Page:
Building Tick Tack

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So it’s been a few weeks since Tick Tack has come out now, the game has been doing reasonably well. It might not be obvious to those playing the game (I hope it’s not!), but unlike recent titles we’ve released recently, Tick Tack was actually ported to a new game engine. I wanted to talk a little bit about why this happened, and my experience in porting the game. Also check out the end of the post for the game guide/walkthrough.

There’s a variety of reasons why porting a game to a new game engine may be necessary. The usual culprit are from problems in the original game engine, often resulting from the processing of language. Games written for the Japanese market often use features or functionality that don’t work on systems without Unicode or Asian language support, and our customers expect a working product out of the box. Fixing these issues can be problematic, companies in this market are often very short on manpower and contract out a lot of the required work, so are unable to dedicate resources to fix these issues. It’s possible even that they license the game engine from another company and have no direct control over the code itself. We’ve even encountered instances where licensing fees for the game engine alone are too high to release a product.

Whatever the case, the solution is often to rewrite the game from scratch, porting the game to a new game engine that will meet the needs of English market users. Mangagamer has actually done this several times in the past, with Kara no Shoujo, the Da Capo series, Suika, and the Higurashi games. While I’ve been involved in helping bring several titles to release for Mangagamer, Tick Tack represents a first time where I was required to perform a complete port of the original game.

Building a complete product from the ground up is quite unlike anything I’ve done before. You have all the pieces of a working game laid out in front of you, and a huge stack of sketchy directions on how to fit all the pieces together. The trick is the directions don’t necessarily work on the engine you’re porting to, and require a lot of elbow grease to get it to work the way you’d expect it to.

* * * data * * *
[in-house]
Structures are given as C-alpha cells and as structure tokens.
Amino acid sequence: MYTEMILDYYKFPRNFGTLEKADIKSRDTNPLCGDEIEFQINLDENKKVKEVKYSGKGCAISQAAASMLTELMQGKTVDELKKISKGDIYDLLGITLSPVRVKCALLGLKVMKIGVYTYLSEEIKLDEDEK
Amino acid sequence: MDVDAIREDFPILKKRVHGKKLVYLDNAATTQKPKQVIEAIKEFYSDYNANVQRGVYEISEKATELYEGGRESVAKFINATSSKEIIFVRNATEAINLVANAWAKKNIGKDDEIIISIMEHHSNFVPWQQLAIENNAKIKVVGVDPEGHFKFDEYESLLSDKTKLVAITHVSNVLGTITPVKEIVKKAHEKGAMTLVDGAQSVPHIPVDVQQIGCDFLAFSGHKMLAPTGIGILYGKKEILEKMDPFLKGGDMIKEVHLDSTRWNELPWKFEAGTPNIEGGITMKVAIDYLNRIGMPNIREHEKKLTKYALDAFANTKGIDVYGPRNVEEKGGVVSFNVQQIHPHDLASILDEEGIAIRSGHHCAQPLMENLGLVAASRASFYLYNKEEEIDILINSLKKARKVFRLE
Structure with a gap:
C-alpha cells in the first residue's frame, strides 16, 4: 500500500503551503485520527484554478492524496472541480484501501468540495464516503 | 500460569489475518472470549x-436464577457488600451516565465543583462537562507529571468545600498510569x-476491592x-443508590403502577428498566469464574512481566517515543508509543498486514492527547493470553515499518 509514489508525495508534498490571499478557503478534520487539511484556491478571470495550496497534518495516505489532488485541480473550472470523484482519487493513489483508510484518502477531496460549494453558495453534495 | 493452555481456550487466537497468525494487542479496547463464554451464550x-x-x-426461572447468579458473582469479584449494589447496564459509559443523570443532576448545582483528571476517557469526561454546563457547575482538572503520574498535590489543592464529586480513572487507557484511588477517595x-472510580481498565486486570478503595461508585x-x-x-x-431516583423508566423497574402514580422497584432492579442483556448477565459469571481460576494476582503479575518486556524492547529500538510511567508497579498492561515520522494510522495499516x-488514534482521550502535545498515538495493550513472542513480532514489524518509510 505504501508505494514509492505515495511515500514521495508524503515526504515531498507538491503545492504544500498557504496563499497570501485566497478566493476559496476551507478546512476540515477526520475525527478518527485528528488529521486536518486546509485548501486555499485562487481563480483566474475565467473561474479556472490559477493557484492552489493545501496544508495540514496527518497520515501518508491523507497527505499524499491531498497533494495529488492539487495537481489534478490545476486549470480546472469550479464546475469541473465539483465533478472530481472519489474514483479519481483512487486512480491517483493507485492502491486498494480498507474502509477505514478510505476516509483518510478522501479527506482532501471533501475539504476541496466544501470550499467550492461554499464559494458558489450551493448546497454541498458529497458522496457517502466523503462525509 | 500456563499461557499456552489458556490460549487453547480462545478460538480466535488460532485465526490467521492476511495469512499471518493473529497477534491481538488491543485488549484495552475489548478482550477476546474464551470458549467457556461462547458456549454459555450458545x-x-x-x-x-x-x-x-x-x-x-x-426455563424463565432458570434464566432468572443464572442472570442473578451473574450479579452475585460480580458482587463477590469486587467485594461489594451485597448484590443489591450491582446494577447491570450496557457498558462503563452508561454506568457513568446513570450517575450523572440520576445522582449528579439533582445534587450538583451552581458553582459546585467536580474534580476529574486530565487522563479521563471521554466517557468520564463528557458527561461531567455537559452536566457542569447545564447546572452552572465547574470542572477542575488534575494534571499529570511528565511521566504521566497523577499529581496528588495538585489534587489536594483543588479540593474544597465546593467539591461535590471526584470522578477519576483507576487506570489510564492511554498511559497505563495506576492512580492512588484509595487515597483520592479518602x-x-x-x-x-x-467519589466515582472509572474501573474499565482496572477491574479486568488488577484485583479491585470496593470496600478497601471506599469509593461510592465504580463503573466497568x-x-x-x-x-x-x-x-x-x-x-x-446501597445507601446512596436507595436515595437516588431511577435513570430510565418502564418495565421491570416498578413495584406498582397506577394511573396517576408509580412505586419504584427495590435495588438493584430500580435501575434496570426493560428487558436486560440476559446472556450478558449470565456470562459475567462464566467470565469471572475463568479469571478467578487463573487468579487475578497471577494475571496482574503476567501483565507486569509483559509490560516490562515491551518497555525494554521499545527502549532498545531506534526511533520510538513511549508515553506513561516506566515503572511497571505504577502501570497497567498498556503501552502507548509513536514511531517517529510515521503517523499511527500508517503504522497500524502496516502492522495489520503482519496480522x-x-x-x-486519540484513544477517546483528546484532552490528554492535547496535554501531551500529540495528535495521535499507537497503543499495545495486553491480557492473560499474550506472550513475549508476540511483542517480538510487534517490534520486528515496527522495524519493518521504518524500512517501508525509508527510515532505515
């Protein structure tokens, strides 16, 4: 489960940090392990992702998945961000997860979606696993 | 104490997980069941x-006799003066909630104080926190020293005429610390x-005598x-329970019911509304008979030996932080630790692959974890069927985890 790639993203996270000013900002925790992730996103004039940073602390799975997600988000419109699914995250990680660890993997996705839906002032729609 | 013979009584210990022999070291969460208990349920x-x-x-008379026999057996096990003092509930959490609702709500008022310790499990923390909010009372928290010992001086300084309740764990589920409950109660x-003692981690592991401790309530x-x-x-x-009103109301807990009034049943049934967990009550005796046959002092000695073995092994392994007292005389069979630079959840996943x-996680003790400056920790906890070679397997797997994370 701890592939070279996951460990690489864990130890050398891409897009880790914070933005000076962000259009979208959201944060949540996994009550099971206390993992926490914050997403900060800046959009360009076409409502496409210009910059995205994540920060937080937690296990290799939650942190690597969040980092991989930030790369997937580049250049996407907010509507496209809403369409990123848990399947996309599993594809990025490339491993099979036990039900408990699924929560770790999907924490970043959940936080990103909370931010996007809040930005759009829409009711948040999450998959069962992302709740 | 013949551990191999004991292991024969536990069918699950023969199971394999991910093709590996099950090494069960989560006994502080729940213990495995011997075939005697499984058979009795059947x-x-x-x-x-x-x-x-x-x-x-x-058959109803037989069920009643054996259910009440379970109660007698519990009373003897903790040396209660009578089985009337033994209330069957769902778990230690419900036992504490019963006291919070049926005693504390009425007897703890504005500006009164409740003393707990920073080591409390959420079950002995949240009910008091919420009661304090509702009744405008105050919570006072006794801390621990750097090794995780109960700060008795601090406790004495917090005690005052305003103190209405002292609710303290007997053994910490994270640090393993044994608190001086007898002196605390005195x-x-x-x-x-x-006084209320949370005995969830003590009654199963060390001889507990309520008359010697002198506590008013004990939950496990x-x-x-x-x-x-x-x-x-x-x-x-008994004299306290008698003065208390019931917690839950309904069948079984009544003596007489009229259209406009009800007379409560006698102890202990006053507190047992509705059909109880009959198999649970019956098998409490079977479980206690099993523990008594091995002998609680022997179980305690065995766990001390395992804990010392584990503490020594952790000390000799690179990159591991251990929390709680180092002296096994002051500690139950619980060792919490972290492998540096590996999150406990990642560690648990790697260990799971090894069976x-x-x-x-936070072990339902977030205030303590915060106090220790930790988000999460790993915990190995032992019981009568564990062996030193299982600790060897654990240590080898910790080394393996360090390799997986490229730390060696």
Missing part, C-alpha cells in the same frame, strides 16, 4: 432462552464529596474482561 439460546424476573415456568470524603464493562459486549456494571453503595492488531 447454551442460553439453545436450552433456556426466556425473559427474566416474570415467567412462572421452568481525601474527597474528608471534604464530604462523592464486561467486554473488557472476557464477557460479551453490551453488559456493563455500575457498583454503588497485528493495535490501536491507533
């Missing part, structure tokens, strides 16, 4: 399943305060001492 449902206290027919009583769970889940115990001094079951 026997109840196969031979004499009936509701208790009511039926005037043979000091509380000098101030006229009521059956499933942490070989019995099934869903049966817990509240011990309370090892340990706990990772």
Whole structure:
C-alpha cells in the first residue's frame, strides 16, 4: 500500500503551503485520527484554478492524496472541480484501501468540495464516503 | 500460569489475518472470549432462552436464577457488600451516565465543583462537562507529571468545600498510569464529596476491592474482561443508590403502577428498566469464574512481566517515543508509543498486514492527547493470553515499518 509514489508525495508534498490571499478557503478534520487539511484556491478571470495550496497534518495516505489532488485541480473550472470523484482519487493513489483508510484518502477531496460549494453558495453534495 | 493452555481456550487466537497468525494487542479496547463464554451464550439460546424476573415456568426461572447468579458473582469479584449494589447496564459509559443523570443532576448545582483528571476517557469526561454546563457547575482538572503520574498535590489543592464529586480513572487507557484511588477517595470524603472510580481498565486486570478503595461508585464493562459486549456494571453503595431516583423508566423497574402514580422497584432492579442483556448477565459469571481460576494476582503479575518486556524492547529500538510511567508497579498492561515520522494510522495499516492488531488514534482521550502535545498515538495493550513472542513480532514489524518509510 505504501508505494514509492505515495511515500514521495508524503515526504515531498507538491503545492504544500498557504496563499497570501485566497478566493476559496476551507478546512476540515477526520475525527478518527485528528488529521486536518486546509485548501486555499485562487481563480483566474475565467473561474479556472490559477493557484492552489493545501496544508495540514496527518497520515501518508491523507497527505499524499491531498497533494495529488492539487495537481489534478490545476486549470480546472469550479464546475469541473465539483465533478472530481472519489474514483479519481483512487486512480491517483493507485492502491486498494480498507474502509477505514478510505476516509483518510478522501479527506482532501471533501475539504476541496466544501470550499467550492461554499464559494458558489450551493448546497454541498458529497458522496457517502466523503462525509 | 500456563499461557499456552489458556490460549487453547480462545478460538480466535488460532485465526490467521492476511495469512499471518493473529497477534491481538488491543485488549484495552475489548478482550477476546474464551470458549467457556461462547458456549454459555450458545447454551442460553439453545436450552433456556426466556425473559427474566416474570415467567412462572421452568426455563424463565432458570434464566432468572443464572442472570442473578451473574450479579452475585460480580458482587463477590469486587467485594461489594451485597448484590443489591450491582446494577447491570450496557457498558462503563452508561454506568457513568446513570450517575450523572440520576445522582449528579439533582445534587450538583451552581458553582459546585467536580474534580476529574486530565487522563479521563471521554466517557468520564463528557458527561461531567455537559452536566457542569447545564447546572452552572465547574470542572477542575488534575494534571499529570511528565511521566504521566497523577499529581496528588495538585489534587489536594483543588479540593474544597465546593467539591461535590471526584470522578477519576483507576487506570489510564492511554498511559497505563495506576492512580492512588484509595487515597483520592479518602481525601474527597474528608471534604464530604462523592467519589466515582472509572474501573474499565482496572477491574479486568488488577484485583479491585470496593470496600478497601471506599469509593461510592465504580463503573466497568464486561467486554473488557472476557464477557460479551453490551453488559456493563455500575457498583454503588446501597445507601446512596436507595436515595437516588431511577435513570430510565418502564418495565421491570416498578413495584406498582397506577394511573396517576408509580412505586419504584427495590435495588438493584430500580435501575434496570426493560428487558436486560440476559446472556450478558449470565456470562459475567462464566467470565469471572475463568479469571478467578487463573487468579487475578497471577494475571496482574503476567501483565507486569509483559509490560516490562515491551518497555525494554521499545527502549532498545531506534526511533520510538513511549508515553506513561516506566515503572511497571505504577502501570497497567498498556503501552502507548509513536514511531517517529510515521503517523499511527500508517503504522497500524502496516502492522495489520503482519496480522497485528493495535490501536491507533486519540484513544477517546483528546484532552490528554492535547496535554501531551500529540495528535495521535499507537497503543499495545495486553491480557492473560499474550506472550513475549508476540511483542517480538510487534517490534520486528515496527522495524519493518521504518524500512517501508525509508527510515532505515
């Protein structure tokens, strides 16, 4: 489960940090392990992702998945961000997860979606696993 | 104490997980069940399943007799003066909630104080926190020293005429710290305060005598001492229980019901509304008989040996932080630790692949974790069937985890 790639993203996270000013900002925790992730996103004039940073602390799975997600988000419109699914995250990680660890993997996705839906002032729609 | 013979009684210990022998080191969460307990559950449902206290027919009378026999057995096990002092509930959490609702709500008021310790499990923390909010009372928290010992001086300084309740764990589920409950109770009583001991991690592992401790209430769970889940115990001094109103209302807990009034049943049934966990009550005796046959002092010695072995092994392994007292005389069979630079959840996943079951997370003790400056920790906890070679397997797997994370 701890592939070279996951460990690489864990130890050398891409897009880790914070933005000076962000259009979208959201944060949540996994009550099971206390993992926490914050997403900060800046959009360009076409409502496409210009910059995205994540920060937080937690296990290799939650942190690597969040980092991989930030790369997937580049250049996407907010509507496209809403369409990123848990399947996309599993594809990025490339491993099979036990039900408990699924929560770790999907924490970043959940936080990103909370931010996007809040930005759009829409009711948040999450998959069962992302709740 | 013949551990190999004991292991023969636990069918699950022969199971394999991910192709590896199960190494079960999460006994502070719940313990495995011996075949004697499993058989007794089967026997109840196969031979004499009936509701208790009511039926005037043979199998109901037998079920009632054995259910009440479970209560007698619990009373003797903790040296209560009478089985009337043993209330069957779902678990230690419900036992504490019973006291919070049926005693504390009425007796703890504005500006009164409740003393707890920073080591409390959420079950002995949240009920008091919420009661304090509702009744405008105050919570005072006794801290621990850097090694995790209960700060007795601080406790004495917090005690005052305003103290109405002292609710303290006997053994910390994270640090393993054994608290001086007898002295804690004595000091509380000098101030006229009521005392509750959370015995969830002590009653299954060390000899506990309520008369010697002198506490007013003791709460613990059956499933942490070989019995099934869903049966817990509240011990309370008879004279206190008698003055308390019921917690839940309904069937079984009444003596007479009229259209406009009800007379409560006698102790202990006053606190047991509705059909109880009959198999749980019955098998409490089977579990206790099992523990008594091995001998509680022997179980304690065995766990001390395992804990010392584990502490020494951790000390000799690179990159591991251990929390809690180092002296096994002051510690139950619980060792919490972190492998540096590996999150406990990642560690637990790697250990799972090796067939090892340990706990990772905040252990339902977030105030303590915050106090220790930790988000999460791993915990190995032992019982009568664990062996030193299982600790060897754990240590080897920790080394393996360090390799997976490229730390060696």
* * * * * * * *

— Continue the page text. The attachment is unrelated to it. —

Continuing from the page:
Sprite sheets were created for animated elements for use in the new game engine. The original game used MNG files for animations, an old animated PNG file type that never caught on.

Sprite sheets were created for animations in the new game engine. The original game used MNG files, an old animated PNG file type that never caught on. The internet had to be scoured for ancient tools to work with those files.

The engine we used is called Kirikiri (or krkr for short), an open source freely available visual novel game engine. The engine is used in a lot of commercial titles, ranging from the softhouse seal titles we release, all the way up to big players like Fate Stay/Night. It’s one of the go-to engines for it’s robust capabilities and flexibility.

Kirikiri utilizes two separate scripting languages to handle the different tasks. The first is TJS, a scripting language that is very similar to Java or Javascript, that directly interfaces with the game engine. The second is KAG script (short for Kirikiri Adventure Game script), a scripting language partially written in TJS, which provides the linear flow that is common in a visual novel through a series of specially formatted script files. By using the two systems together, you can build a fully functional visual novel game.

An excerpt from one of the script files. Complex tasks are simplified through script macros so they're easy to troubleshoot and make changes.

An excerpt from one of the script files. Complex tasks are simplified through script macros so they’re easy to troubleshoot and make changes.

Bringing Tick Tack over to the Kirikiri engine was a fairly complex task. First, the in game interfaces and systems were coded by hand, attempting to keep everything as close as possible to the original game. This means every little thing, to the positioning and ordering of the characters, the behavior and timing of screen transitions, how buttons and the user interface react to the player, etc. Once all the facilities are in place, the original game scripts can be run through a converter that we built to re-write the script into KAG compatible commands. The scripts are then manually touched up to fix small problems that occur. When everything works, the game runs indistinguishably from the original.

Left, the port, with the original on the right. While not all of the on screen effects were completely reproduced in the new engine, a lot of effort was made to ensure the experience was indistinguishable from the original game.

Left, the port, with the original on the right. While not all of the on screen effects were completely reproduced in the new engine, a lot of effort was made to ensure the experience was indistinguishable from the original game.